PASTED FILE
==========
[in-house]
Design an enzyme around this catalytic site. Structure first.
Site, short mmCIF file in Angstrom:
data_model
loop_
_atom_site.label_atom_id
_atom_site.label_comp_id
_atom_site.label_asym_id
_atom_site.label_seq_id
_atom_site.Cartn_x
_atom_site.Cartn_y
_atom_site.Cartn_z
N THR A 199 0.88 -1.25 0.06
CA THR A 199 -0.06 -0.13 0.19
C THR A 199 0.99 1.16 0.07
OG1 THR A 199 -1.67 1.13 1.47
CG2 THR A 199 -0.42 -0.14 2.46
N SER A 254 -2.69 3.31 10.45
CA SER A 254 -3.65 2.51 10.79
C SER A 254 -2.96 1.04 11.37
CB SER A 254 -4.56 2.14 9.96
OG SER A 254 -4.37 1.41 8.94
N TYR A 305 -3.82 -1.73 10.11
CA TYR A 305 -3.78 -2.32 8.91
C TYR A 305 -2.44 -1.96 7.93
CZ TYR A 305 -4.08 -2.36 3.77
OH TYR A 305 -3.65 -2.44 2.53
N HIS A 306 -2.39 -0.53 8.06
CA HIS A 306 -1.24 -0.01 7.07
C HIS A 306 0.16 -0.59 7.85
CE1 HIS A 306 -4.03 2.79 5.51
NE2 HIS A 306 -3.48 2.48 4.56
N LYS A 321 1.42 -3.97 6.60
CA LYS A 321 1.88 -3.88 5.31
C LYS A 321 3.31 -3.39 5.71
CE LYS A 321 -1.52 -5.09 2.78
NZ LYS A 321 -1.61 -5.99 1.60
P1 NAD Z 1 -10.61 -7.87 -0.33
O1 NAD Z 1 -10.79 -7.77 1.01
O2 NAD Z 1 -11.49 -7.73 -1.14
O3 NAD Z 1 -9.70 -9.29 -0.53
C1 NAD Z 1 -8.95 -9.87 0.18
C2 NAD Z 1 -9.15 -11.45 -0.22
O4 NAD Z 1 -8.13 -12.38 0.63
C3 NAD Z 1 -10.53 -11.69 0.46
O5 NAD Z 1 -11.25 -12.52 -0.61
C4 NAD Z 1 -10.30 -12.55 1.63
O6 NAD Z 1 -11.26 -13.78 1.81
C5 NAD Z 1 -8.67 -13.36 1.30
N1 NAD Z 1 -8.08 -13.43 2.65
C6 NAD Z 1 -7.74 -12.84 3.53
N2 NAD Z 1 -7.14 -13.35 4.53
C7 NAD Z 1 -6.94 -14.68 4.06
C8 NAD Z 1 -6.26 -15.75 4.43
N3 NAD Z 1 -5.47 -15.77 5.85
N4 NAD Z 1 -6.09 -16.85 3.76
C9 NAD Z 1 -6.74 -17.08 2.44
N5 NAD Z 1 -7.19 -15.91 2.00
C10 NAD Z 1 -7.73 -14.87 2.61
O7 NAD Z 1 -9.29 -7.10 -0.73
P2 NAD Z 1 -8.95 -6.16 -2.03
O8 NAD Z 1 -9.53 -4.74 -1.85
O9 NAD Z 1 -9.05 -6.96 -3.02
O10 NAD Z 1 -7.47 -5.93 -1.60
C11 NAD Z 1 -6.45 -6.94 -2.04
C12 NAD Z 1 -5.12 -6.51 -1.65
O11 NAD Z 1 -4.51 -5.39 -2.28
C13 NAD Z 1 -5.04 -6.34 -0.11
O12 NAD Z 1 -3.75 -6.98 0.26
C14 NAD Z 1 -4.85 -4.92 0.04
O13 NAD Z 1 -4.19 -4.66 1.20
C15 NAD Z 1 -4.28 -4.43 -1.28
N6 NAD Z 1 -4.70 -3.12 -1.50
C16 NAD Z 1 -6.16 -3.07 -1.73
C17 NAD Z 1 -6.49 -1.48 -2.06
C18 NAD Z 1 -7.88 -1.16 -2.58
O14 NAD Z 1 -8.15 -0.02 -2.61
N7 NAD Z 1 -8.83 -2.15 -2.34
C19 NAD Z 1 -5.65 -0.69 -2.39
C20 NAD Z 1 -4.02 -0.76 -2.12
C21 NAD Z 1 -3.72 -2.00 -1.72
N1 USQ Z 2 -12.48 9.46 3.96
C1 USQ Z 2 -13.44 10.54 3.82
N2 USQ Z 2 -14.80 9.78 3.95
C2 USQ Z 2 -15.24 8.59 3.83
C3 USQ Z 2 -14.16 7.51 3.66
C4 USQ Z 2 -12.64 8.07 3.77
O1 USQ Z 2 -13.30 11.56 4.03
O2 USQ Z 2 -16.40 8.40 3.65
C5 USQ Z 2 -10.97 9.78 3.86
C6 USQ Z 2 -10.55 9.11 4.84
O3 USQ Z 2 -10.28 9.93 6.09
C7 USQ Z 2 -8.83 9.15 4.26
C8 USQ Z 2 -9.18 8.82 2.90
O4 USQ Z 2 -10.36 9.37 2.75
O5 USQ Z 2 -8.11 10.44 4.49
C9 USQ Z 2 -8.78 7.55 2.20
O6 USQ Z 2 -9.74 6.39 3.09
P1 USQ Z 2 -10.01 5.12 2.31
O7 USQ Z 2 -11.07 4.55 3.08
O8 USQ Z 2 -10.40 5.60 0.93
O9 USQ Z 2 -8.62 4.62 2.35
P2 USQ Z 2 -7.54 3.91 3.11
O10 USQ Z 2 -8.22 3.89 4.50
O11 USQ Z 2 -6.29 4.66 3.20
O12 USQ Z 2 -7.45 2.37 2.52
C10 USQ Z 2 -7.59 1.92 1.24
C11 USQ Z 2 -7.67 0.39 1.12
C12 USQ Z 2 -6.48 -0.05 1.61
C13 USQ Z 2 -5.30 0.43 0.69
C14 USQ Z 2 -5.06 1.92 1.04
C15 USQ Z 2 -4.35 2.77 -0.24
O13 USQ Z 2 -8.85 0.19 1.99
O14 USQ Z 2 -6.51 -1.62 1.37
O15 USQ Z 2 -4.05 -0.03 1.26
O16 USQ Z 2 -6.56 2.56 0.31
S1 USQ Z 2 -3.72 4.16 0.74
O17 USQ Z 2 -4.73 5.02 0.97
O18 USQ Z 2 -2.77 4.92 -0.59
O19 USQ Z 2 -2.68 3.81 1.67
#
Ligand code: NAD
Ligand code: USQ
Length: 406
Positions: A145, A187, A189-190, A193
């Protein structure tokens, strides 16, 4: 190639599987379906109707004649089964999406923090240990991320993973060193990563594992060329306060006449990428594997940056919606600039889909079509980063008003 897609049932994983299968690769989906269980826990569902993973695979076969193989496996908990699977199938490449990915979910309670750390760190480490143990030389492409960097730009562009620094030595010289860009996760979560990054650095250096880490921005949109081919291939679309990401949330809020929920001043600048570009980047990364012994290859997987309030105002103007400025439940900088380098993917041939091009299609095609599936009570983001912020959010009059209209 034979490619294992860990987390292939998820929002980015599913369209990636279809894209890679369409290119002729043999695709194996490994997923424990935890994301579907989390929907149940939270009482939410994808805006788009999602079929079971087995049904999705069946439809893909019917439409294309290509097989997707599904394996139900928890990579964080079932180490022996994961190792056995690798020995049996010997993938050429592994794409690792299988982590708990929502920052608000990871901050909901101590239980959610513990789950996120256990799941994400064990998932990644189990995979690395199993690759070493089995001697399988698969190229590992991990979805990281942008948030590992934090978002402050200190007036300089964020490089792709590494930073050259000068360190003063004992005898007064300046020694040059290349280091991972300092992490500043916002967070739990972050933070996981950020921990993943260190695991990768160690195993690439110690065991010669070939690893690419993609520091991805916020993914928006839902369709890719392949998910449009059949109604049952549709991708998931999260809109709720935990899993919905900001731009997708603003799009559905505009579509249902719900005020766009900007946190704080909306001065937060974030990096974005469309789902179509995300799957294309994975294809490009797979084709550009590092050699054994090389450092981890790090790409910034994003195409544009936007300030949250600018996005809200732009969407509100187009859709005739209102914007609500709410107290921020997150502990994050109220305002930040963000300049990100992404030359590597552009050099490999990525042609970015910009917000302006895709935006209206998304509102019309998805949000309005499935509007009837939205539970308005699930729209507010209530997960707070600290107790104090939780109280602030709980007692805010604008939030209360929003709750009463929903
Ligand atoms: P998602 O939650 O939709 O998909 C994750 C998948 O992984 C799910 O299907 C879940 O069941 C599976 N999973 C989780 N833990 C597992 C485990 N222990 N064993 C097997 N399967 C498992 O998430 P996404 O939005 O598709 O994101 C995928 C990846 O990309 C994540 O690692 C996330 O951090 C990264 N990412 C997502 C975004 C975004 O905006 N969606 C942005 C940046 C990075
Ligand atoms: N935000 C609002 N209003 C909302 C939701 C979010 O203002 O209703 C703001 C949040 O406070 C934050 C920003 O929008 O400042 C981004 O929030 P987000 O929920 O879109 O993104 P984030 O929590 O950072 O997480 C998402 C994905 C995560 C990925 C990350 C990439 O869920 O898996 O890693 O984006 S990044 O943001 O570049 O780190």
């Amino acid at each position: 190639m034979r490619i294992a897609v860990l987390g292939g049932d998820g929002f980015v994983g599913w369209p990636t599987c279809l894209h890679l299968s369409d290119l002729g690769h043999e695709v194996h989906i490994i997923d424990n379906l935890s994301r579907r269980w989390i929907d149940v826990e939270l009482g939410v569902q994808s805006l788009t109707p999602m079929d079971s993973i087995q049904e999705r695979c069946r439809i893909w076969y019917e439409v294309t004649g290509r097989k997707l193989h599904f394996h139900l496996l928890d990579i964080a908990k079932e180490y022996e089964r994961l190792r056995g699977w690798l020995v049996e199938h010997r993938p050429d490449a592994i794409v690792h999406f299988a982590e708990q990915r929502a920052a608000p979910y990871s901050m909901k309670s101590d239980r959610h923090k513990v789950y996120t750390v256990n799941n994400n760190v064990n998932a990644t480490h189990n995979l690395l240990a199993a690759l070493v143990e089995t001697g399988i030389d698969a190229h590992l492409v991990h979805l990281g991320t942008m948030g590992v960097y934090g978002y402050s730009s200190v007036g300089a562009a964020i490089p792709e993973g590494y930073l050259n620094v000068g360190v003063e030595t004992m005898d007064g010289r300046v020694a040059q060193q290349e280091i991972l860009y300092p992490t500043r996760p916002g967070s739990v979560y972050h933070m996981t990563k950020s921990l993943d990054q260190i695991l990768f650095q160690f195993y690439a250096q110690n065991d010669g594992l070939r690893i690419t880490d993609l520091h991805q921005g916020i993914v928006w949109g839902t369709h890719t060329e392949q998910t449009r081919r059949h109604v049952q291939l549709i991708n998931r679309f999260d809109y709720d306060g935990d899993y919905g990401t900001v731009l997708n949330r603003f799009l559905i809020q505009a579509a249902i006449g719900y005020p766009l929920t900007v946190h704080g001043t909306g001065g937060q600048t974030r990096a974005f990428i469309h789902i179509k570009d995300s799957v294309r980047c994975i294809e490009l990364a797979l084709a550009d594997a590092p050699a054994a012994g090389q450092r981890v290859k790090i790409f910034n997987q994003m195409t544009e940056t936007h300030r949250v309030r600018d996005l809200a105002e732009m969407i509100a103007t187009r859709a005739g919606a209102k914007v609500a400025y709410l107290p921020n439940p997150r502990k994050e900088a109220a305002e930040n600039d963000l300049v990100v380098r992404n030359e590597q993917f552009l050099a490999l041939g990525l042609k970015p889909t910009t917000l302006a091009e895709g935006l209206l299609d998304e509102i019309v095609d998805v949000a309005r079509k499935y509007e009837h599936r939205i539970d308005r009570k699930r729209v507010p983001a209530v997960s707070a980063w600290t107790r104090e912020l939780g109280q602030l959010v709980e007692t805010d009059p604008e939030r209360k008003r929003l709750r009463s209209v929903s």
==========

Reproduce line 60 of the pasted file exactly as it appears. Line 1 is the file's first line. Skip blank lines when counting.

O7 NAD Z 1 -9.29 -7.10 -0.73